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Canadian Fishermen Pleased With Bluefin Tuna Plan

Tuna fishermen in P.E.I. are happy with recent changes to the bluefin fishery announced by federal Fisheries and Oceans Minister Gail Shea.

“This is definitely a positive move,” said Walter Bruce, chair of the P.E.I. Fishermen’s Association Tuna Advisory Committee. “This change allows access to fishermen in all areas to a more fair and competitive fishery. It is something that P.E.I. and other Maritime fleets have sought for some years.”

While much of the plan remains the same as last year, Bruce said a key change is the elimination of quota transfers between Canadian fleets. In recent years, fleets that did not catch their full quota were allowed to transfer the uncaught portion to another Canadian fleet. That practice is no longer allowed.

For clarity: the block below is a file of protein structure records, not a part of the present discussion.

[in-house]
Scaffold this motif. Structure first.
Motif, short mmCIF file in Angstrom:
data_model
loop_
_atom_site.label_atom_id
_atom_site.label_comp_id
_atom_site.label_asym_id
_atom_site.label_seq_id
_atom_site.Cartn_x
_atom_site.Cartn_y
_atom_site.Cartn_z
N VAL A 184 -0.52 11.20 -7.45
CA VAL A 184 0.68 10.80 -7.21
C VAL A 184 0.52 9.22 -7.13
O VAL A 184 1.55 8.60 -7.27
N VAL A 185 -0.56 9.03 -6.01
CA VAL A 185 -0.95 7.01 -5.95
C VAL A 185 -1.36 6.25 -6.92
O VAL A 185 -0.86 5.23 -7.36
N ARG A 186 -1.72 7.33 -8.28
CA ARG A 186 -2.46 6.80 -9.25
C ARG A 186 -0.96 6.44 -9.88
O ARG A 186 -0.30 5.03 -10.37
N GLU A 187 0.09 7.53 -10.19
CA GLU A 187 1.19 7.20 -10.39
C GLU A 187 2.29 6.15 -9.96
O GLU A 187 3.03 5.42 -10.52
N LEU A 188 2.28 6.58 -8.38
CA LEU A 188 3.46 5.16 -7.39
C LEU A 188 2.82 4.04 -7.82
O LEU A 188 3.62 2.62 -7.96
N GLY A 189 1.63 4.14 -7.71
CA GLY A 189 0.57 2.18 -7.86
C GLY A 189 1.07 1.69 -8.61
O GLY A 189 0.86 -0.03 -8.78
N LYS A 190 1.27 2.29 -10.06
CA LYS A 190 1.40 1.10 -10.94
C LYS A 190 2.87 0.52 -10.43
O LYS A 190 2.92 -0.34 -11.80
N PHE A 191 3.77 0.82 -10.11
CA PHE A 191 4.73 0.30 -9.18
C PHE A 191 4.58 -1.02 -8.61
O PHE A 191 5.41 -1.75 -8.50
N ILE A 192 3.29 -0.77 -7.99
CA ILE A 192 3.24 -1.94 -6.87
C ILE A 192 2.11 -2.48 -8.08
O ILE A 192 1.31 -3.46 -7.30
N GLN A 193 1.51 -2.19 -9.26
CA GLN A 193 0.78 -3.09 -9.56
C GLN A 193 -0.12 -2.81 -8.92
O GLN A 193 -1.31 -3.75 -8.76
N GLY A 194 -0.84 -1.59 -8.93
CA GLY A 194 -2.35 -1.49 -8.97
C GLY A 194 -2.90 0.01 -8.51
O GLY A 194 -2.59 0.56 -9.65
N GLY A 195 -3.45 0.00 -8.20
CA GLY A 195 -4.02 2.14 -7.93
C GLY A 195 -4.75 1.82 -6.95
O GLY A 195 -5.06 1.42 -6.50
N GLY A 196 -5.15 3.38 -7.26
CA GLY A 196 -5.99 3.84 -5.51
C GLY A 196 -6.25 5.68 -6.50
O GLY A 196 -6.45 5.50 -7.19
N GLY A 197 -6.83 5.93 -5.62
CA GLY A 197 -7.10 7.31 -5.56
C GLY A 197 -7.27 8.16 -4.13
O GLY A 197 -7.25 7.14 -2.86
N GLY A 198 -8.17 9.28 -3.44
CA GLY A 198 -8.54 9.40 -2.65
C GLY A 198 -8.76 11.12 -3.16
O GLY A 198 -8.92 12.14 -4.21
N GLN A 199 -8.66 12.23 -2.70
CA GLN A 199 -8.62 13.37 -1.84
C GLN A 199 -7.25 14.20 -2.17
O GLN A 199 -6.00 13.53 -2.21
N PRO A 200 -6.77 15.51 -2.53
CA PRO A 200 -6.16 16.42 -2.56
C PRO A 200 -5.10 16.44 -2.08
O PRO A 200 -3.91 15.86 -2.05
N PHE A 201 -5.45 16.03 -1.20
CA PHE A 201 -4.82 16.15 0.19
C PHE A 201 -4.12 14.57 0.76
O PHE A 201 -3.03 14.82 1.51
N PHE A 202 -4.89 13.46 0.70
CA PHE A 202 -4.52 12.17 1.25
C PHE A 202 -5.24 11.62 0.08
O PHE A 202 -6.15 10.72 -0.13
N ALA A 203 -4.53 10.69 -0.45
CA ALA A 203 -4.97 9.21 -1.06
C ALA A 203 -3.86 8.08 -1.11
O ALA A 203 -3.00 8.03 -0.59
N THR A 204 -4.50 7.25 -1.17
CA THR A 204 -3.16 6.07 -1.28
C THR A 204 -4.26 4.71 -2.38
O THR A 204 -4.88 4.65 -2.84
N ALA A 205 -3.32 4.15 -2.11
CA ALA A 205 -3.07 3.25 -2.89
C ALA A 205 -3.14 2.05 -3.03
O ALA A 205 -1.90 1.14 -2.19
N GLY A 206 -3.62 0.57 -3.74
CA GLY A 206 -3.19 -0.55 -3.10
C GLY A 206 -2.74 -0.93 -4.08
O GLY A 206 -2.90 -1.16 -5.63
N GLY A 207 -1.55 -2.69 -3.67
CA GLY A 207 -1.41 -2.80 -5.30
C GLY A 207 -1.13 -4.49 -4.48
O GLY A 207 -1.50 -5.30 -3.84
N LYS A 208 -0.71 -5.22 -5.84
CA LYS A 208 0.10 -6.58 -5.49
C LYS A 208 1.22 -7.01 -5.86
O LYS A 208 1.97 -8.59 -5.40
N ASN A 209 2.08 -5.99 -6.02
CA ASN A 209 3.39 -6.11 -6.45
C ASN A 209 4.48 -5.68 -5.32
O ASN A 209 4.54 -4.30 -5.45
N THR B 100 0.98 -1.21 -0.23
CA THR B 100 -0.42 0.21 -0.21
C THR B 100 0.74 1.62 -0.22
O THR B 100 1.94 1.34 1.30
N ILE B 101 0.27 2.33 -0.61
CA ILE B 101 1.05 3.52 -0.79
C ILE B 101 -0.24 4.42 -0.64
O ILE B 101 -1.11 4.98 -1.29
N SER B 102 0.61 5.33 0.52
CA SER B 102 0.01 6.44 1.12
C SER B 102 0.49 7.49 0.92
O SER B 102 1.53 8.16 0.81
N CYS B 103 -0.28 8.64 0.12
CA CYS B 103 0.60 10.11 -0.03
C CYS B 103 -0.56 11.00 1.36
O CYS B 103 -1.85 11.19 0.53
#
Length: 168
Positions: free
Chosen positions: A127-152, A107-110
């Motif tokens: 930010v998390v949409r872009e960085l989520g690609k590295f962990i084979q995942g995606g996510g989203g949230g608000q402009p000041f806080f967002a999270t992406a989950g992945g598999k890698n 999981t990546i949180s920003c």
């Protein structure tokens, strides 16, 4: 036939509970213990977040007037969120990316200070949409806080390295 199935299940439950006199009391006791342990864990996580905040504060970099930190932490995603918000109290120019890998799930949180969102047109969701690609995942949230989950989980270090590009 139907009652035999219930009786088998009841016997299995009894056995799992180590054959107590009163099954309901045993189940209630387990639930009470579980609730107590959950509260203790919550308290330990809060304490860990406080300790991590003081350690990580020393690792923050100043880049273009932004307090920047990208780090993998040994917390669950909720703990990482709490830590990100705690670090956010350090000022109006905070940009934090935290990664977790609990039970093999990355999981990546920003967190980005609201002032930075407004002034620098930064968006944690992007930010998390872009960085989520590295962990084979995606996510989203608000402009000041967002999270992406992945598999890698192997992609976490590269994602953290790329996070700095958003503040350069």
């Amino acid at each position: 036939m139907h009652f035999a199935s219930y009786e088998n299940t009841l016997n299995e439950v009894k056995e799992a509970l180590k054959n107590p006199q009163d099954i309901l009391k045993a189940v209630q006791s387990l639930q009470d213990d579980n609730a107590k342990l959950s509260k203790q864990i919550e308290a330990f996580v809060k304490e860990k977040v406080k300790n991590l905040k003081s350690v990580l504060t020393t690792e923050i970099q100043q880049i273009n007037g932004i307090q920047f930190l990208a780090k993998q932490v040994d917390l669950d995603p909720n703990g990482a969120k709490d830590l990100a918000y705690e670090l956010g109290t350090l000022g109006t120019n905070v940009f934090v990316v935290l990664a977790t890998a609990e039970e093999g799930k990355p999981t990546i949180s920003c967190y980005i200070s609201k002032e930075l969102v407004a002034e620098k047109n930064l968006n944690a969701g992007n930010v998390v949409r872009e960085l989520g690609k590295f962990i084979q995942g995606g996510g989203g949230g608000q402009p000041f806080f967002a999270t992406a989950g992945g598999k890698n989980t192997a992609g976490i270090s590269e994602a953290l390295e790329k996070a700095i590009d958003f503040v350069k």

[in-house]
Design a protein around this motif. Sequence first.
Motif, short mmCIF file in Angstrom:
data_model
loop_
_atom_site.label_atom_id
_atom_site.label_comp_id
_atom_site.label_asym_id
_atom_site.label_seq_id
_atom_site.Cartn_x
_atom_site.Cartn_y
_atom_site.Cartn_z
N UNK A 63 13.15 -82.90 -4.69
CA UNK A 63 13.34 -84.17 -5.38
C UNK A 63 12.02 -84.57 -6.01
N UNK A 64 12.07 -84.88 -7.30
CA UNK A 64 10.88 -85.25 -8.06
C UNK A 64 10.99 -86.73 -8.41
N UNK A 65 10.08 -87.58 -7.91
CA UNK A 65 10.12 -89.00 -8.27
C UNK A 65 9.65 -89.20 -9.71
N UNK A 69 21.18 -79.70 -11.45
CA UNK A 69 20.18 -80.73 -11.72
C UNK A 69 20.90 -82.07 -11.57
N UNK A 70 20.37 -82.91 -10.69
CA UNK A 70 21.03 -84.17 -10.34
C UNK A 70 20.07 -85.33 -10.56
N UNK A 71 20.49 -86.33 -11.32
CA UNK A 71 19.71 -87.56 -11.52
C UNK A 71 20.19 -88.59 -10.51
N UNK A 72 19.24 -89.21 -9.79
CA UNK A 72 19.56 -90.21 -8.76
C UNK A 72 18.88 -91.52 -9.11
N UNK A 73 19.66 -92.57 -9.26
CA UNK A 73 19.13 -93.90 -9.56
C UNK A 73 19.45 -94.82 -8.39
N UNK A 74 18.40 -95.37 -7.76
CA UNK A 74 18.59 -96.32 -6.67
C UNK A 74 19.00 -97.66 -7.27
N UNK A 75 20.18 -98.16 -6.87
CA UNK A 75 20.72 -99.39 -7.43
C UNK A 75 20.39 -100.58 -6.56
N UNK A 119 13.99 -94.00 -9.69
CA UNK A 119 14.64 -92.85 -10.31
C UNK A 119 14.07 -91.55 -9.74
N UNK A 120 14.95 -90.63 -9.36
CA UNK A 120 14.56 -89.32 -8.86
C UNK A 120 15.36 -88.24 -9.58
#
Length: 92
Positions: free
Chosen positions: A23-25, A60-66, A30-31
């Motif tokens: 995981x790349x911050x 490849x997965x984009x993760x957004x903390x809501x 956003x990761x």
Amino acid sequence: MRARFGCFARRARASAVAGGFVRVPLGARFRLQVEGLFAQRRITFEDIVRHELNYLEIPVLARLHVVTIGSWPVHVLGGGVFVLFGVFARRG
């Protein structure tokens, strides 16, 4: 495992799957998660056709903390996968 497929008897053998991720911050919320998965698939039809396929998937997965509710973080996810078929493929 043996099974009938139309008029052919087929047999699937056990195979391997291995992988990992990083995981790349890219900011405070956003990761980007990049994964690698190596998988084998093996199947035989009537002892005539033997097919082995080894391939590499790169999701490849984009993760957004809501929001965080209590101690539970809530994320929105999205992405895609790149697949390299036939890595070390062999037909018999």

“Rather than quota transfers, any uncaught tuna quota by Oct. 20 will be returned for redistribution to inshore fleets,” he said. “This uncaught quota will be distributed on the basis of percentage shares to tuna fleets that each was allotted at the beginning of the season.”

Association president Ken Drake added, “The practice of selling quotas put the tuna fishery on a slippery slope of individual transferable quotas—a method of privatizing the fishery,” He added the fishery is a national resource and the access should be guaranteed to all license holders.

The total Canadian quota for inshore fleets is 473 metric tons. Of this, the 348 vessel P.E.I. tuna fleet has been allotted 30 per cent or 138 metric tons. As a result of the change in regulation, the tuna advisory committee has adjusted its season dates. Fishing for a 40 metric ton allotment will begin Aug. 3. It will remain open until the allotment is gone, with the remainder of the quota to be fished in a second season starting October 5.